SpaceX scrubbed a planned launch on Saturday from Kennedy Space Center, citing a “slightly odd” thrust control problem and delaying the return to service for a historic launchpad at the Florida spaceport.
“All systems go, except the movement trace of an upper stage engine steering hydraulic piston was slightly odd,” CEO Elon Musk said on Twitter. “If this is the only issue, flight would be fine, but need to make sure that it isn’t symptomatic of a more significant upstream root cause.”
All systems go, except the movement trace of an upper stage engine steering hydraulic piston was slightly odd. Standing down to investigate.
SpaceX halted the countdown with just 13 seconds remaining, though engineers noticed the problem with the second-stage thrust control several minutes earlier. With just a single second to get the Falcon rocket airborne, flight controllers could not resolve the issue in time.
“Hold, hold, hold!” a launch controller urged over the radio loops, to the disappointment of thousands of guests who jammed the space center to witness the comeback of 39A, last used in 2011 for the last space shuttle flight. “Standing down to take a closer look at positioning of the second stage engine nozzle,” SpaceX said on Twitter.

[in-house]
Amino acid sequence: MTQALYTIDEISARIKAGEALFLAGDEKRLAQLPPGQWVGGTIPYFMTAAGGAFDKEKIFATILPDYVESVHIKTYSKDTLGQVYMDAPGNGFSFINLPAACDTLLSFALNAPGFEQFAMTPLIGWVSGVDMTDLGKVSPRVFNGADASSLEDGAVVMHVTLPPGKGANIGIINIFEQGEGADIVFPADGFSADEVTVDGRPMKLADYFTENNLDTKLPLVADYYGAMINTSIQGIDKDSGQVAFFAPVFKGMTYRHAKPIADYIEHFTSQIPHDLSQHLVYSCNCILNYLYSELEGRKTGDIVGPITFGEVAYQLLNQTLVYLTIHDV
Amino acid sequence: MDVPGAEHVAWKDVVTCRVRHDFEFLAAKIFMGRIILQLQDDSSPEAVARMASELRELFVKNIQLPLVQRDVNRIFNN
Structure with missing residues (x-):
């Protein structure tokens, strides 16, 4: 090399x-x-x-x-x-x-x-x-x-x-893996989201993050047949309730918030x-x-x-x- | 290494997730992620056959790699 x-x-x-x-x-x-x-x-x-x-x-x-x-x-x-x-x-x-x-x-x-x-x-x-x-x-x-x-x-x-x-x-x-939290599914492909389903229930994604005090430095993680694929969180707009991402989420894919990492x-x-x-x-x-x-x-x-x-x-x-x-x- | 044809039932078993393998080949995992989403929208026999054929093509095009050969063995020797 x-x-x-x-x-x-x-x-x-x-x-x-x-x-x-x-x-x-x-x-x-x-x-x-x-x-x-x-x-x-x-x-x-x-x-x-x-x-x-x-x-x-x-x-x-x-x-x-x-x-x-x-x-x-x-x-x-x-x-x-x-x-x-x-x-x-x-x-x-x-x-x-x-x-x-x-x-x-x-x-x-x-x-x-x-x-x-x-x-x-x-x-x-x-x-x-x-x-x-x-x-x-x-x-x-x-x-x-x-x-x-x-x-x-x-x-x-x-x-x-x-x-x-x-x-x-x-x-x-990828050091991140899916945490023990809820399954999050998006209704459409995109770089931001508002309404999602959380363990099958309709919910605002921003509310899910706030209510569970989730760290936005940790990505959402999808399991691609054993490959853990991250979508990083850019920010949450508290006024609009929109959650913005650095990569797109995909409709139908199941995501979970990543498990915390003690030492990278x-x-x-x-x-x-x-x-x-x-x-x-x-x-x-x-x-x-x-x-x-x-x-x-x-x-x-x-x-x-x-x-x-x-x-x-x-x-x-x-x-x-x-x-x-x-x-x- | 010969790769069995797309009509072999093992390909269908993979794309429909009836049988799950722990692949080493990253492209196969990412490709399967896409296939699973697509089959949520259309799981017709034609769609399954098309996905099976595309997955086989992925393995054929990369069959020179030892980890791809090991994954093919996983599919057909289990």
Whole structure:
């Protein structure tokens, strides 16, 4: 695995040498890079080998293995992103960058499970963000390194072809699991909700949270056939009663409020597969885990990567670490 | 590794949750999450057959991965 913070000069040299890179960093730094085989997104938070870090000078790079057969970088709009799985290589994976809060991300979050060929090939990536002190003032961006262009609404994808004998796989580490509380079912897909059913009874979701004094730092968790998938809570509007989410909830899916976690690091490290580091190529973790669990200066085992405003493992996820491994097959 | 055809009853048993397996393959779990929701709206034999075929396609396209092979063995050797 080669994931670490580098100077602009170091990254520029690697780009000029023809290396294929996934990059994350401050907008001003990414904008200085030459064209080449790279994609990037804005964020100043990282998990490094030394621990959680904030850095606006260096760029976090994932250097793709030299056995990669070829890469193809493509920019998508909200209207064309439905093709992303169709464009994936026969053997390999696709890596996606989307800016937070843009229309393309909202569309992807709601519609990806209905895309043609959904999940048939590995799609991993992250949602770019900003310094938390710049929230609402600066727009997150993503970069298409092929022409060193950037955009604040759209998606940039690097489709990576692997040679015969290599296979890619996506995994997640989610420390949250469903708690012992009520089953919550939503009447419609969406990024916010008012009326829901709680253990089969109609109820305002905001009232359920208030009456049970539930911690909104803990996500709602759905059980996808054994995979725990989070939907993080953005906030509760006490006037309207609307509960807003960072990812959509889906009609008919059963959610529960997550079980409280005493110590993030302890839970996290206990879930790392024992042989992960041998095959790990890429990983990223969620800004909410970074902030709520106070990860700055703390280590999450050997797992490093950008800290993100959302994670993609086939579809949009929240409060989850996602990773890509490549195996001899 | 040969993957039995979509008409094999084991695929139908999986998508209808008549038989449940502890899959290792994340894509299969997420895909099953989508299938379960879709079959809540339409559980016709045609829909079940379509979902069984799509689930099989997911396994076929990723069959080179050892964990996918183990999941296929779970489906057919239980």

The next launch attempt, provided everything can be fixed quickly, is scheduled for Sunday morning.
This will be SpaceX’s first Florida launch since a rocket explosion last autumn. In September, an accident during prelaunch testing caused a gigantic explosion, destroying a Falcon 9 rocket and its satellite payload. In January, SpaceX successfully launched a rocket from a California pad and landed it on a barge in the Pacific.